1. An very quick introduction to Linux

1.1. Preface

This tutorial is based on a Linux/Unix command-line. Using the command-line requires a Linux/Unix operating system. The easiest way to try out a Linux system without actually installing it on your computer is a LiveCD. A LiveCD is a CD/DVD that you prepare (e.g. burn a Linux distribution on it) and insert in your computer. You would restart you computer and can run Linux from the CD/DVD without any installation requirements. This is helpful for trying out a distribution of Linux, not for actual work.

Another route would be to use a virtual machine. A virtual computer that runs within your normal host system, e.g. Windows or MacOSX. The software to create a virtual machine is free, e.g. VirtualBox.

Common flavors of Linux ready for download are e.g. Ubuntu.

An accompanying lecture for this tutorial is available at figshare.

1.2. Learning outcomes

  1. Be able to operate comfortably the command-line.

  2. Be able to navigate the unix directory structure on the command-line.

  3. Be able to start command-line programs and getting help/information about programs.

  4. Be able to investigate text files with command-line commands.

  5. Be able to investigate the content of text-files on the command-line.

  6. Be able to explain the concept of a unix pipe.

1.3. Introduction

We will go through some introductory material explaining the shell syntax. This is bash syntax but most of it will work on other shells (tcsh, zsh) as well.

What is a shell? Here I shamelessly quote Wikipedia:

“In computing, a shell is a user interface for access to an operating system’s services. In general, operating system shells use either a command-line interface (CLI) or graphical user interface (GUI), depending on a computer’s role and particular operation…”

CLI shells allow some operations to be performed faster in some situations, especially when a proper GUI has not been or cannot be created. However, they require the user to memorize all commands and their calling syntax, and also to learn the shell-specific scripting language, for example bash script.”

1.4. The Linux desktop environment

An example of an environment in Linux (here LXDE from Lubuntu) and is similar to other user interfaces found in Windows or MacOSX (Fig. 1.1).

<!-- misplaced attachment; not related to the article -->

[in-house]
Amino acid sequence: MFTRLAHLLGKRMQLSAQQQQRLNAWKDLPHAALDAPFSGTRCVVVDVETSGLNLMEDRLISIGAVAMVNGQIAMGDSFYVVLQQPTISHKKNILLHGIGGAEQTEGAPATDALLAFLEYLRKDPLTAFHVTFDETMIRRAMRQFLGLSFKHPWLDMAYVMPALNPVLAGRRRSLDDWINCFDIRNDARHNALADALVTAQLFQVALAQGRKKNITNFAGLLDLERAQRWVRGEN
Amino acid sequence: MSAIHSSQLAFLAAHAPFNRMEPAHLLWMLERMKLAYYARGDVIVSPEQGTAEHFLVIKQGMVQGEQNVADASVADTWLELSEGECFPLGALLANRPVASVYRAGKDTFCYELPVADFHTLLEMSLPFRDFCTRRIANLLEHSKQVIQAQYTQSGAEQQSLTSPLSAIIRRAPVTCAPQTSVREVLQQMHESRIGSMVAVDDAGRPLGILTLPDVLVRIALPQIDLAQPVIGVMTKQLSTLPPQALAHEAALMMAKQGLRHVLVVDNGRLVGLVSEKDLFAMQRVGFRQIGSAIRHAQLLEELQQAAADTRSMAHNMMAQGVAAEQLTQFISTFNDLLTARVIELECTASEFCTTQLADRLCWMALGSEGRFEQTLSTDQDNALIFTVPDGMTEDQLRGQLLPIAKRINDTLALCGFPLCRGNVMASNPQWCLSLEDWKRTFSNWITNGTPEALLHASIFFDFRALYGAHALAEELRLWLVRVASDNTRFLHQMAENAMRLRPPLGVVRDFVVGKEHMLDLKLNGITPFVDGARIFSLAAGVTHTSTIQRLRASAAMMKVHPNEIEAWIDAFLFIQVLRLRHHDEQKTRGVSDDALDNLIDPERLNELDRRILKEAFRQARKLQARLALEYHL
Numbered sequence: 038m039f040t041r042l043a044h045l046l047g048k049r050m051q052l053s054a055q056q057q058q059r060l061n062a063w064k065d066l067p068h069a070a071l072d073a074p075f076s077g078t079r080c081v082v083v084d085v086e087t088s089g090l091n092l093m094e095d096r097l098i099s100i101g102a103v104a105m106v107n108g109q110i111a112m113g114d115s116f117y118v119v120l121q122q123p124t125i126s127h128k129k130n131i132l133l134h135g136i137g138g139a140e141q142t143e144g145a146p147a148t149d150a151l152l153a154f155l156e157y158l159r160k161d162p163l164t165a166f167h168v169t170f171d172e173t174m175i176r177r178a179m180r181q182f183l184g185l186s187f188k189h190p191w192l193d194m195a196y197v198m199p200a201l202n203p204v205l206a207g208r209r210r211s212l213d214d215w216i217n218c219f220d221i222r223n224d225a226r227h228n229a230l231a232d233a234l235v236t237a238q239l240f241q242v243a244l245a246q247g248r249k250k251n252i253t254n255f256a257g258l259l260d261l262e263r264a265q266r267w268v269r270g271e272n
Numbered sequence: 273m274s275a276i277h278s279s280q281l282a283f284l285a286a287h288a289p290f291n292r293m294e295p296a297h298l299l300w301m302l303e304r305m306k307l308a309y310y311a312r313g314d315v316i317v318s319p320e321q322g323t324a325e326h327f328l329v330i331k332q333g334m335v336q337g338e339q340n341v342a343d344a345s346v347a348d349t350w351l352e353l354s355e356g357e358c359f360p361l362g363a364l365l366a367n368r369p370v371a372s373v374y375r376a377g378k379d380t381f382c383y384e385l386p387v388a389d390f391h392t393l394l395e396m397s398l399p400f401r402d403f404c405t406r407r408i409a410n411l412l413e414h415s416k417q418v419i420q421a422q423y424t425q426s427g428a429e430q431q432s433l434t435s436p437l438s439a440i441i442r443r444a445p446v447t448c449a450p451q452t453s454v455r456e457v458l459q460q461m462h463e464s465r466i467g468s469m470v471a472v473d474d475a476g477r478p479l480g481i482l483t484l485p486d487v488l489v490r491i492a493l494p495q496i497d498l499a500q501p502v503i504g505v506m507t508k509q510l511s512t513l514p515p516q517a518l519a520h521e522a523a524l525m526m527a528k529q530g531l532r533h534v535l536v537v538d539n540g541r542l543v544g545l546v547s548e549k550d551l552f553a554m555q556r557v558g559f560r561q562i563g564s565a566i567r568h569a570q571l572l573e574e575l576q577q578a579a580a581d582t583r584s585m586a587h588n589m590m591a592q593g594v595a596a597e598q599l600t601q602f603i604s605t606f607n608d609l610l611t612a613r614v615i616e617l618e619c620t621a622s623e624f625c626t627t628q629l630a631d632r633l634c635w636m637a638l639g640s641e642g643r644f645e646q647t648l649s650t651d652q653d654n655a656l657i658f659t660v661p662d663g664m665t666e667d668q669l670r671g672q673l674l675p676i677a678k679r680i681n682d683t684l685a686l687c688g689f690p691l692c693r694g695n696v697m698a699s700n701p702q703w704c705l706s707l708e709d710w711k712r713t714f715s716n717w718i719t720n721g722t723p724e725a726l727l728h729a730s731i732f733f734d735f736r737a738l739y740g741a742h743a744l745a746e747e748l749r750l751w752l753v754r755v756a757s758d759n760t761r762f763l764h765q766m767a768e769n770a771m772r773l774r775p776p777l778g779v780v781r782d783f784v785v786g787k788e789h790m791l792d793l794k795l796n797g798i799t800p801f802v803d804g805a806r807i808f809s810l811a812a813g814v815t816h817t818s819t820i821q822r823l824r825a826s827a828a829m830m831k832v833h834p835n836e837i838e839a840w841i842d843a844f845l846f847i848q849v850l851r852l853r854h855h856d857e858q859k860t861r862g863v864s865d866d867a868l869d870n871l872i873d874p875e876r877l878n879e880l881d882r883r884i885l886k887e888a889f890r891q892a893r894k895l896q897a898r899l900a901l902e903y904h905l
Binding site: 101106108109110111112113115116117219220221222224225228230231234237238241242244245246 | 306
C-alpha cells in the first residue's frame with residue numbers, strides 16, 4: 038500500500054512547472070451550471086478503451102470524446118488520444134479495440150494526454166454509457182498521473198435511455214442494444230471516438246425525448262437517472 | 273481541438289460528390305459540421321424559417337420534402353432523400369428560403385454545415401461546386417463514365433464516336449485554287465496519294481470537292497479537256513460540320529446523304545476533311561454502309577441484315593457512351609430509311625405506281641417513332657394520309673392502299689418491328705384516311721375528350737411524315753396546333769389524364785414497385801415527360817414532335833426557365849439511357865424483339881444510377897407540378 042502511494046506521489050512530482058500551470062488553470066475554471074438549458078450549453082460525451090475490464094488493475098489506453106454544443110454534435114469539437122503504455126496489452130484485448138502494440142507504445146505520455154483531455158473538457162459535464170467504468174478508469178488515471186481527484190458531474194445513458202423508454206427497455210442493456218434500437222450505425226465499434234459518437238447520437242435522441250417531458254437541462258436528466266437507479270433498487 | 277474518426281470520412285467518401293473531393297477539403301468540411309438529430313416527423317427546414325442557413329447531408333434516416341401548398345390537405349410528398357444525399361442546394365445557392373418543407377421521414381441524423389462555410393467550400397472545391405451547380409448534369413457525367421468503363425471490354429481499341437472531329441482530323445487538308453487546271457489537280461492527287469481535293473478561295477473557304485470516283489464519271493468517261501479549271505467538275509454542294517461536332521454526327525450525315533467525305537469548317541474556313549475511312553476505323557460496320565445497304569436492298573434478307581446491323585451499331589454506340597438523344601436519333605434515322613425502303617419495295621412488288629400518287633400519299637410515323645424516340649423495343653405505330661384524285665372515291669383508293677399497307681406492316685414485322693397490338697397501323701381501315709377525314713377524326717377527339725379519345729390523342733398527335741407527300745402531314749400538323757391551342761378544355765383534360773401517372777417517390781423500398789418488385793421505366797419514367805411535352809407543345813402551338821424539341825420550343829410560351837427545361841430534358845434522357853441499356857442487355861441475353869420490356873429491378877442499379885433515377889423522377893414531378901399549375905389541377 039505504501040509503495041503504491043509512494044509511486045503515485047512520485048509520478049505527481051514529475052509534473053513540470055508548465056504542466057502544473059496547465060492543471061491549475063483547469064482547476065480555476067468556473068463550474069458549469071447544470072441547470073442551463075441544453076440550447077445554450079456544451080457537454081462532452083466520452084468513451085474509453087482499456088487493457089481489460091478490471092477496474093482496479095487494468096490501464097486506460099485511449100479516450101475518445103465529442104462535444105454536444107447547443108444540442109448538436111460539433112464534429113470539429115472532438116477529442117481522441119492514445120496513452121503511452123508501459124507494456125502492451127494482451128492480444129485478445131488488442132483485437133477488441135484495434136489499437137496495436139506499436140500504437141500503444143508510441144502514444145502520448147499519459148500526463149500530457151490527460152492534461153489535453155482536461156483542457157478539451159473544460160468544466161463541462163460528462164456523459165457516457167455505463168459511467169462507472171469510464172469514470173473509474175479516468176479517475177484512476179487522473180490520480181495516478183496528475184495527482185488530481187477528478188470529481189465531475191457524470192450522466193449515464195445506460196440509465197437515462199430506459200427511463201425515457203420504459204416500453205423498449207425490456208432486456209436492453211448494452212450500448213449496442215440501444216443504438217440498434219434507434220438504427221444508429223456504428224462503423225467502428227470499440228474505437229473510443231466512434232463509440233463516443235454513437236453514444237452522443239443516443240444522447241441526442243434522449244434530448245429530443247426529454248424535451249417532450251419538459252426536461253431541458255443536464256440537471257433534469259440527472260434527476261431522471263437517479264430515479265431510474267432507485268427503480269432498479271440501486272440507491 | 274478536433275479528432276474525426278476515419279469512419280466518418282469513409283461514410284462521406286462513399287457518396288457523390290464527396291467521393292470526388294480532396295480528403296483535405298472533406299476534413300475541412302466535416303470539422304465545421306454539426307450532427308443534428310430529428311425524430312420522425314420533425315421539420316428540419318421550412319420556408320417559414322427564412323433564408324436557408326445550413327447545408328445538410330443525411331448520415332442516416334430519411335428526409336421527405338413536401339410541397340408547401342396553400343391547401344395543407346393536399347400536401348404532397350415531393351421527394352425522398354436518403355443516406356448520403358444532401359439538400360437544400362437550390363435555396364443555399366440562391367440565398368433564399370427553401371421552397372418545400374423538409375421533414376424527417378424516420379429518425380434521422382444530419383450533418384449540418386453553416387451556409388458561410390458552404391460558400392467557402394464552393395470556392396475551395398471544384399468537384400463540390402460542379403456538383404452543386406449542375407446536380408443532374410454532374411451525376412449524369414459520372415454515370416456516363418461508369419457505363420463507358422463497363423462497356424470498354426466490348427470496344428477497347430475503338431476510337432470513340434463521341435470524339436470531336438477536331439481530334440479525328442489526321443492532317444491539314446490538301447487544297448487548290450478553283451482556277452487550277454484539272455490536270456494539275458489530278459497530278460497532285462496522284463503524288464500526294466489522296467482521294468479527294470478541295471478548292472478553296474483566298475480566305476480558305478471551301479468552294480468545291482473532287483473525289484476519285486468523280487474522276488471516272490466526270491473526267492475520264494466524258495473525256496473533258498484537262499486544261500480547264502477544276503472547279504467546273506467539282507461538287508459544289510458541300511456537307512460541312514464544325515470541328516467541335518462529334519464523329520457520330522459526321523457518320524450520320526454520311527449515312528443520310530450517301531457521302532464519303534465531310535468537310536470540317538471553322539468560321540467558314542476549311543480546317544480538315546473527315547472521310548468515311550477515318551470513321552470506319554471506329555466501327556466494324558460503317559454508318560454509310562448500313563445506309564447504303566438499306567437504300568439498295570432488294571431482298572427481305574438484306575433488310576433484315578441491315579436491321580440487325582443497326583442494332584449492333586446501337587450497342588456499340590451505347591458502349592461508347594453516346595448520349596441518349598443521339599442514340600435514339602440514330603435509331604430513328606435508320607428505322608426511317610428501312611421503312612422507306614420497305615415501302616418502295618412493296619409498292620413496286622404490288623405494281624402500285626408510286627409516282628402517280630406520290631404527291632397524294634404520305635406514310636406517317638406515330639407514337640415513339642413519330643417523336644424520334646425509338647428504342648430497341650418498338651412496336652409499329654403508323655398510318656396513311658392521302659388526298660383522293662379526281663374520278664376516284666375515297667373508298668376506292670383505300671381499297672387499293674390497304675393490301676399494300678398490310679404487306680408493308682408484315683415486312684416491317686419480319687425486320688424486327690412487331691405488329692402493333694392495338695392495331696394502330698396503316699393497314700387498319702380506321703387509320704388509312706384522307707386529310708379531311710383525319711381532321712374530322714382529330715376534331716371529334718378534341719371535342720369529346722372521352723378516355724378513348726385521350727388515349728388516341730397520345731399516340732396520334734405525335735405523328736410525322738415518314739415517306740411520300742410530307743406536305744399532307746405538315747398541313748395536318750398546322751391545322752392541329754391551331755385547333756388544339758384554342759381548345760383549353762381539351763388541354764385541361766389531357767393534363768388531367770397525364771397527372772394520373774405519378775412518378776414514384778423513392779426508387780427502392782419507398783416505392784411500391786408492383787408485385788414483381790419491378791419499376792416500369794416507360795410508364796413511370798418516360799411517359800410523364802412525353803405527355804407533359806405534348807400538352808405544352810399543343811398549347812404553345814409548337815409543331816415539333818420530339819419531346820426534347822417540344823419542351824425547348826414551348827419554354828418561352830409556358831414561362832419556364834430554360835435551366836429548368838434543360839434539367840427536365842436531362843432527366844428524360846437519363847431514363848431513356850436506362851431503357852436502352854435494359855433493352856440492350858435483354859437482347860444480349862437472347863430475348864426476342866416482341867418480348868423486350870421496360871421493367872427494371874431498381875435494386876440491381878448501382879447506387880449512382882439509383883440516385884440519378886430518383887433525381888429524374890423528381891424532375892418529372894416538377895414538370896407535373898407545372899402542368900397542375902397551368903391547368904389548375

Fig. 1.1 The Linux desktop environment LXDE as seen on Lubuntu (a variety of Ubuntu).

1.5. Some words regarding the Linux file-system

The directory structure in a Linux system is not much different from any other system you worked with, e.g. Windows, MacOSX. It is essentially a tree structure (Fig. 1.2).


Fig. 1.2 Quick look at the directory tree structure on the command-line.

To navigate the file-system you can use a file-manager e.g. “Files” the default file manager in the Unity window manager used by BioLinux (Fig. 1.3).


Fig. 1.3 Quick look at the directory tree structure in the “Files” GUI.

However, on the command-line we navigate via commands and not via mouse clicks. Why is it necessary to use the command-line in the first place? Strictly speaking it is not, if you do not want to make use of programs on the command-line. However, the power of the Linux system becomes only obvious once we learn to make use of the command-line, thus navigating the directory structure via commands is one of the most important skills for you to learn.

1.6. Open a terminal

Open a terminal window and you are are ready to go. On your linux desktop find: System Tools –> QTerminal (for LXDE environment) or type “Terminal” in the search box (Fig. 1.4).


Fig. 1.4 LXDE search bar.

Fig. 1.5 shows an example of how a terminal window might look like (it is very easy to change its appearance). You will se this window to execute the commands to work with files and biological data. However, it is by no means restricted to “biological data”, once you know how to handle the command-line many tasks based on files will be easily achieved using various programs available here.


Fig. 1.5 An example of a terminal window in Unity.


The command-line prompt (e.g. $ or >) indicates that the shell/terminal is waiting for commands from us. These will be sent to the computer to execute. As long as you do not see the prompt, the computer is busy processing your request.

1.7. Proxy settings

You might encounter problems connecting to the internet. So this is most likely the case if your university has restrictions in place to make the network more secure. One of these measures to make a network more secure is a proxy. However, we need the internet. Follow these steps to get connected.

1.7.1. Open network settings


Fig. 1.6 Accessing network settings.

1.7.2. Change proxy settings to automatic


Fig. 1.7 Changing proxy settings.

After changing the proxy settings to automatic you can open a web-browser and you should be asked for you network username and password. After you typed those and hit Enter, you should be connected.

1.8. The Command-line interface (CLI)

Pre-2016 you would find my own introductory course in this place. However, since 2016 we will be using the excellent material from the Software Carpentry Foundation. I am a SWC affiliated volunteer instructor and we are teaching basic computer skills to scientists, with the goal of general computational up-skilling in the sciences. The material is created in a collaborative manner and tested over and over in many workshops.

Please follow the link to the material at the Software Carpentry and have the webpage open. Otherwise you will work in the terminal window aka the shell.